In today's era of convergence between work, technology and humanity, embracing Connected Worker Analytics is not merely a preference; it’s a strategic imperative to close a growing gap. This approach offers a practical, data-driven solution that overcomes the constraints of conventional People Analytics by intricately capturing the integration of people, processes and technology in our interconnected operational environments.
However, HR departments currently face challenges in fully understanding how individuals interact within their digitally connected work environments or in establishing connected analytics. They will lack requisite capacity for some time, highlighting the need for new and specialized roles like Chief Connectivity Officer or Connected Worker Analytics Officer. These roles will collaborate with, within, or alongside HR, emphasizing the necessity of a unified and insightful approach to navigating the evolving workplace.
Connected Worker Analytics: Individual and Organizational Performance Dynamics7
In this digital age, the unparalleled ability to comprehend the depth and breadth of human performance offered by Connected Worker Analytics cannot be overemphasized. These analytics provide a more practical, operational and data-driven approach that transcends the limitations of conventional People Analytics. Imagine being able to seamlessly merge HR data with a full spectrum of connected data sources, presenting a panoramic view of the workforce and its impact on business outcomes. Picture how the expanding usage of artificial intelligence and machine learning will help to understand how an employee's actions and performance experience resonate across the entire organizational performance environment and impact broader business outcomes. For instance, analyzing downtime or safety data in relation to workforce schedules to prescribe how to optimize maintenance planning, ensuring minimal disruptions to production cycles.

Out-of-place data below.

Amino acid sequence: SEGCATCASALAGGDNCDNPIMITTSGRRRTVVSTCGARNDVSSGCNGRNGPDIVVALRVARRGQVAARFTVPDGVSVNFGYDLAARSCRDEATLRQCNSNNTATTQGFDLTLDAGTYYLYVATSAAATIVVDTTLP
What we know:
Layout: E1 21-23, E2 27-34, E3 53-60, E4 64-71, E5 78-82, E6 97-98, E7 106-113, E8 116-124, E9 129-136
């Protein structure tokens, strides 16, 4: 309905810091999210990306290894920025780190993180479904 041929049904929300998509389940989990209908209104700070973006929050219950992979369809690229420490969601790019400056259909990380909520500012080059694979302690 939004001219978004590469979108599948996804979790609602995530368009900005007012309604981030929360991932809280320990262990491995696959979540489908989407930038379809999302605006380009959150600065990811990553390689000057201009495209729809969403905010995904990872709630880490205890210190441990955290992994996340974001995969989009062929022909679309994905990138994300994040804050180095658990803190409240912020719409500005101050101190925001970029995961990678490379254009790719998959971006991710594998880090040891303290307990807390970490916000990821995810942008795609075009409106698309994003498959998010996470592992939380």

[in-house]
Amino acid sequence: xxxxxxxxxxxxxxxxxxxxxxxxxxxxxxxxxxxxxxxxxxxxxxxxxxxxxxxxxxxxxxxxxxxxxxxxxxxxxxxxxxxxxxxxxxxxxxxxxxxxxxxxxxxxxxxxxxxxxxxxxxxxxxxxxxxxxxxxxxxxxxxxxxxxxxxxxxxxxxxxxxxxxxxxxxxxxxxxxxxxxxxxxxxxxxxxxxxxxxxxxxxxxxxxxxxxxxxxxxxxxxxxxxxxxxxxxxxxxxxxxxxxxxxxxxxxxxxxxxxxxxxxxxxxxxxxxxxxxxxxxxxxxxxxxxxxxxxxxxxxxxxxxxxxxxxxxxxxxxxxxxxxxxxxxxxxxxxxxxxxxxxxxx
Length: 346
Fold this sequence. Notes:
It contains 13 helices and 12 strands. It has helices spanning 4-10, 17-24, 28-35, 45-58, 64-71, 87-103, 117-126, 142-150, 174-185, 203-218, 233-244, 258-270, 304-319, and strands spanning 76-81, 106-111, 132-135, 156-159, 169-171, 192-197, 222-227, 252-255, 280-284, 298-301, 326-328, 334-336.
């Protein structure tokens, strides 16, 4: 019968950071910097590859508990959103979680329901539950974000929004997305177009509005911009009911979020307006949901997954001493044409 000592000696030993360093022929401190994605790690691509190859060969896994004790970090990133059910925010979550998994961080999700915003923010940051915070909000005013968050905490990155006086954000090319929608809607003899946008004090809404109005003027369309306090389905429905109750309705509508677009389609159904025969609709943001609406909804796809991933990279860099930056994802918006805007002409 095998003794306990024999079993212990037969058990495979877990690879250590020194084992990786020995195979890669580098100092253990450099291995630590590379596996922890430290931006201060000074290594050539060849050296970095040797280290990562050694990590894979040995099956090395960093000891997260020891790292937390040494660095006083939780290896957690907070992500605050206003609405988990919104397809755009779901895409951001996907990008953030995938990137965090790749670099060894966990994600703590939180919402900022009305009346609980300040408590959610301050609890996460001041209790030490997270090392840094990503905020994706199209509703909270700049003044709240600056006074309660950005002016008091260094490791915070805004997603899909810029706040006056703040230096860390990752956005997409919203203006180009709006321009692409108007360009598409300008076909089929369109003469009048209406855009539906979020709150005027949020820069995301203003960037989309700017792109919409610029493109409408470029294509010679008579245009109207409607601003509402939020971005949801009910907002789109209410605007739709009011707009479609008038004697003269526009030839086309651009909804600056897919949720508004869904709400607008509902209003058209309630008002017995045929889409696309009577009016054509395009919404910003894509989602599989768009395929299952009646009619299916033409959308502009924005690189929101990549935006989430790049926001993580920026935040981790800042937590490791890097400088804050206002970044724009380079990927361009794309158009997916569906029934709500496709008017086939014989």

However, the significance of Connected Worker Analytics extends beyond data integration. It is a crucial tool for ensuring human centeredness in work design and technology deployment. Consider the example of combining quality and employee performance data to understand how workforce actions affect product quality. This insight can drive targeted training and process improvements, ultimately enhancing product standards.
This emerging discipline acts as a conduit for advanced integration with technology, people, and the broader work environment, establishing a bridge that harmonizes human potential and technological innovation with the performance environment. In doing so, it positions the essence of humanity at the core of our swiftly evolving workplace. Imagine using energy consumption data to optimize resource usage during different shifts, fostering sustainability while enhancing productivity.